The harm has likely already happened.
You may have problems with your video files, but it’s not because of CHKDSK. With no options selected, the CHKDSK utility simply reports the current status of your hard drive.
But there are a couple of interesting things about CHKDSK that I think are worth reviewing here.
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CHKDSK and file corruption
CHKDSK does not cause file corruption, but it can expose pre-existing problems on a hard disk. The best prevention is to back up regularly so that when, not if, problems occur, you won’t lose any data and will be minimally inconvenienced.
What CHKDSK does
CHKDSK makes sure that the directory (the listing of files on the disk) refers to the correct files in their correct places. CHKDSK verifies that all the pieces are there, the data is structured properly, and everything Windows needs to maintain the file system is in proper order.
When CHKDSK discovers that one of these things isn’t right, it reports that as an error.
CHKDSK with no options checked is read-only
If you don’t specify any options other than the drive to be checked, CHKDSK doesn’t try to fix anything. It just reports on the status of the information currently stored on the drive.
If it reports an error, that’s because the error was already there.
If it freezes, it’s because there’s an error it can’t recover from. Once again, that error was there before you ran CHKDSK.
What CHKDSK does not do
That your system froze is interesting but not uncommon. The freeze is usually because CHKDSK could not recover from an error that it found in the file system. If CHKDSK freezes, your computer’s hard disk may have a problem.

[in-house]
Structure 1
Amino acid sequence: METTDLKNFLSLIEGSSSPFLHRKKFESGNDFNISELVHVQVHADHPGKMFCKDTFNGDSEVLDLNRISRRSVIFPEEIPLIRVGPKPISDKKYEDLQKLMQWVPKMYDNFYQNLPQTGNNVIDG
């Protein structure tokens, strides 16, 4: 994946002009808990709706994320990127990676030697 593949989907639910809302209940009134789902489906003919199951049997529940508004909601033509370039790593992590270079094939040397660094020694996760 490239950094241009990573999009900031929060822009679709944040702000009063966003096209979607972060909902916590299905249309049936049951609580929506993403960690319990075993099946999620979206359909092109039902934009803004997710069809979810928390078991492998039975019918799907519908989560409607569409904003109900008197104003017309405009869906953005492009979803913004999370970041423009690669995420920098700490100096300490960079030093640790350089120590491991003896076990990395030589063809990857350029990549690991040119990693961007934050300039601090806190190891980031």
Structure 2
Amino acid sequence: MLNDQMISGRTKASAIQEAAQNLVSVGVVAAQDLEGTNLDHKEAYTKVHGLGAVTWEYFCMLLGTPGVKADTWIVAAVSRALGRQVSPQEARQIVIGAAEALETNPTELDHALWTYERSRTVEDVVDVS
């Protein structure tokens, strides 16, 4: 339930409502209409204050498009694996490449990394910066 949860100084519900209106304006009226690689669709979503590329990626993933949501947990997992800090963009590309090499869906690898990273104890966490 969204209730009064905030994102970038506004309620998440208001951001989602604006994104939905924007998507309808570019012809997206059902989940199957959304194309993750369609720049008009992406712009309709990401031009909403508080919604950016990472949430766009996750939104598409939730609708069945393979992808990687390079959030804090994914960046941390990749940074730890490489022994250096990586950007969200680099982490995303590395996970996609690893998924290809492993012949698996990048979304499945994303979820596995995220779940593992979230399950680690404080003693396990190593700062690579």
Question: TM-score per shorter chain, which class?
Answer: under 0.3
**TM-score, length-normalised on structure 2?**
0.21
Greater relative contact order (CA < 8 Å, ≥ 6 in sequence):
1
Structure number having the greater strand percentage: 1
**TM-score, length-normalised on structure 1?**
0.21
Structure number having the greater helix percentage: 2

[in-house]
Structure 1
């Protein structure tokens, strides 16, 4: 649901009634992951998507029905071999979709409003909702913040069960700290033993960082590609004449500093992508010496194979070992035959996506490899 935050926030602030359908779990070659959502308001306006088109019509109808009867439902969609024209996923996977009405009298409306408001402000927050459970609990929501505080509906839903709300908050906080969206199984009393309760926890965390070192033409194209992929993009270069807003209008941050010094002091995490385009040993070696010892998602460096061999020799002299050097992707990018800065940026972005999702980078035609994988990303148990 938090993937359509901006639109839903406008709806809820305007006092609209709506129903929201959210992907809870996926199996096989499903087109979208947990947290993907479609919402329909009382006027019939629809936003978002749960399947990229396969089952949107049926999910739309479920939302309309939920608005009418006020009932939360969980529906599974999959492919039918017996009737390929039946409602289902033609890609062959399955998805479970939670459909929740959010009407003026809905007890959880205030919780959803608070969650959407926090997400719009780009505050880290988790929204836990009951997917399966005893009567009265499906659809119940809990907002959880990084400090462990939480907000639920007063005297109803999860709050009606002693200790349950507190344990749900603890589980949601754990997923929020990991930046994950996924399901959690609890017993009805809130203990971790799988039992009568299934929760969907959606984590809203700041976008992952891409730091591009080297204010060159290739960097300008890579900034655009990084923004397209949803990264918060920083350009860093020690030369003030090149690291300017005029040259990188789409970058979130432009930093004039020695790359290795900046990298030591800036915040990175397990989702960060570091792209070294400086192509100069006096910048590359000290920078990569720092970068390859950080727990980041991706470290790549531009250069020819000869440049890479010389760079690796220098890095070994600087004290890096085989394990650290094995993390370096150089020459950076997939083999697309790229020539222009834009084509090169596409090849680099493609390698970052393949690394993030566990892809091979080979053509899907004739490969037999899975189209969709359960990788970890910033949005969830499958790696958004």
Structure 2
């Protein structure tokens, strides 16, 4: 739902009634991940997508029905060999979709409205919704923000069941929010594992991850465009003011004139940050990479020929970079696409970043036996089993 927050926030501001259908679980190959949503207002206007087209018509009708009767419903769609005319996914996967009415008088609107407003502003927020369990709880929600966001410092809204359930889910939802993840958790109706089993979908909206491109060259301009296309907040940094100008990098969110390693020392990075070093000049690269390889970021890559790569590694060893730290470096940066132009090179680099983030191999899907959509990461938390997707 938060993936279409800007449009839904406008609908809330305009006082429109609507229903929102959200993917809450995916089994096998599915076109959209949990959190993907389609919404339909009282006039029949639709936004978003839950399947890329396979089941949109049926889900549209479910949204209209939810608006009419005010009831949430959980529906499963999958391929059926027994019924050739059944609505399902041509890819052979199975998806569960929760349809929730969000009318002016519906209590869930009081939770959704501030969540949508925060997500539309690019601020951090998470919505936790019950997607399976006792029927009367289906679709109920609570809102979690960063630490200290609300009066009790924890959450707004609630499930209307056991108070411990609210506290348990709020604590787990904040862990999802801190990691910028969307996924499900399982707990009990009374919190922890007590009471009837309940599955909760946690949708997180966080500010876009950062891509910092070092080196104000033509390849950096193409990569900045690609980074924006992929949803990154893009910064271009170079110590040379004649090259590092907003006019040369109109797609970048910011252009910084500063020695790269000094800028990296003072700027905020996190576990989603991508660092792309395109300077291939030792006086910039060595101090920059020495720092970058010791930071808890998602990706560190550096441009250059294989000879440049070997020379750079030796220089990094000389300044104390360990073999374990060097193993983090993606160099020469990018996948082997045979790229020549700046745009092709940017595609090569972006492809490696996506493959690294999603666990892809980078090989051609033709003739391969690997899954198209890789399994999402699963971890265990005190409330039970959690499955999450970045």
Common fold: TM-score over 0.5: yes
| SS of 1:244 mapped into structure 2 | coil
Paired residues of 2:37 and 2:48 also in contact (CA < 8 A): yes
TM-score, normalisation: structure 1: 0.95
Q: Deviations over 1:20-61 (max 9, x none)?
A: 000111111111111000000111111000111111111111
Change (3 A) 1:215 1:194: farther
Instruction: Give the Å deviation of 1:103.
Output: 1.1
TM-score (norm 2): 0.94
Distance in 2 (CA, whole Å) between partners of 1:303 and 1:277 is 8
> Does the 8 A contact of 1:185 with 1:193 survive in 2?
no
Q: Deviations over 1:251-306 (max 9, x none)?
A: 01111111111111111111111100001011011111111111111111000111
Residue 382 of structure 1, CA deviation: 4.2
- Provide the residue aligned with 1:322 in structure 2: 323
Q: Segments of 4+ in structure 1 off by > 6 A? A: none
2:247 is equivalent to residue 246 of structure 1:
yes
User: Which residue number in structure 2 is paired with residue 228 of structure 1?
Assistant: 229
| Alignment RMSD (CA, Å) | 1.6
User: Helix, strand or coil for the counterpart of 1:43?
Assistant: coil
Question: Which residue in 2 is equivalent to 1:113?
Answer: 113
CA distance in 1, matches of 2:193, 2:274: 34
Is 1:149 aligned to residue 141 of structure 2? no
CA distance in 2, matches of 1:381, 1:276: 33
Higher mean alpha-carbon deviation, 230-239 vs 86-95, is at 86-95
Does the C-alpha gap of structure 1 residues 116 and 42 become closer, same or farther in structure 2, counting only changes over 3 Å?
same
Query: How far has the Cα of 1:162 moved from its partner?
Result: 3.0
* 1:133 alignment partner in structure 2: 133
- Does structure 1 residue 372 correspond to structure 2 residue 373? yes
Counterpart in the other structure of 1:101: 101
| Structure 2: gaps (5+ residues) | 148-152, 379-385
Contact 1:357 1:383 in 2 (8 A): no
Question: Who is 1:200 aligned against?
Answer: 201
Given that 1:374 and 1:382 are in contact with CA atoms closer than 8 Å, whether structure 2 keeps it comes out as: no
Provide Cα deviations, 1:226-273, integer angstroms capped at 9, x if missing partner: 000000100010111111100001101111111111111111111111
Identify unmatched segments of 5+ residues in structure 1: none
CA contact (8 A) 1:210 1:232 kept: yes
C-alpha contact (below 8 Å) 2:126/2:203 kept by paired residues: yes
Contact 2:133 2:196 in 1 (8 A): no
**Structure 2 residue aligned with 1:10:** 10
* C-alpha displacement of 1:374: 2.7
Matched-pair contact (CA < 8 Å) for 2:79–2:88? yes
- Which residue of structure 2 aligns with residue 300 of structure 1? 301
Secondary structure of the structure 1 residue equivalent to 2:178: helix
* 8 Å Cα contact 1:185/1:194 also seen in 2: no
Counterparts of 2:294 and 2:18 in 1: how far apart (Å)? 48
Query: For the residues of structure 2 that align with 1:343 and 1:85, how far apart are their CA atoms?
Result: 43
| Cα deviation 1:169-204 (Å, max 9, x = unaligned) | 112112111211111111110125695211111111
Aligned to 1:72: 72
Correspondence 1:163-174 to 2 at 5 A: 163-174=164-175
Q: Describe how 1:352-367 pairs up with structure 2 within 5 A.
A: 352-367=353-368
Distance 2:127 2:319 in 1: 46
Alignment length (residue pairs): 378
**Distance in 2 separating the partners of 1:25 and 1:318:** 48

Before we go any further, I need to reiterate: the problem was already there before you ran CHKDSK. All CHKDSK did was report (or in this case, hang as a result of) an error on the hard disk. It didn’t mess up your video files.
Something was already wrong with them.
CHKDSK will attempt to repair things:
- If you specify the /R or /F options when you are running CHKDSK from the command line.
- If it finds errors when you run “Error checking” via Windows File Explorer.
But again, CHKDSK is only trying to repair damage that has already been done. CHKDSK will force the file system to be in a correct and coherent state, and that may cause errors to become visible. This is only because damage has already occurred.
Where errors come from
File-system errors can come from many different places. The most common reasons include not shutting down Windows properly, experiencing a crash, or having the power go off while the system is running. It’s also possible that the hard disk itself could be failing.
The reality is that errors happen. Hard disks fail. It’s the way computers work.
The only real way to prevent this from being a serious issue is to back up regularly so if (or really when) something happens to your files (whether they’re video files, data files, or even the files comprising Windows itself), you’re protected. You have backup copies and can restore them to the replacement hard drive, the fixed software, or whatever.
But don’t blame file problems on CHKDSK.
It’s just trying to help.
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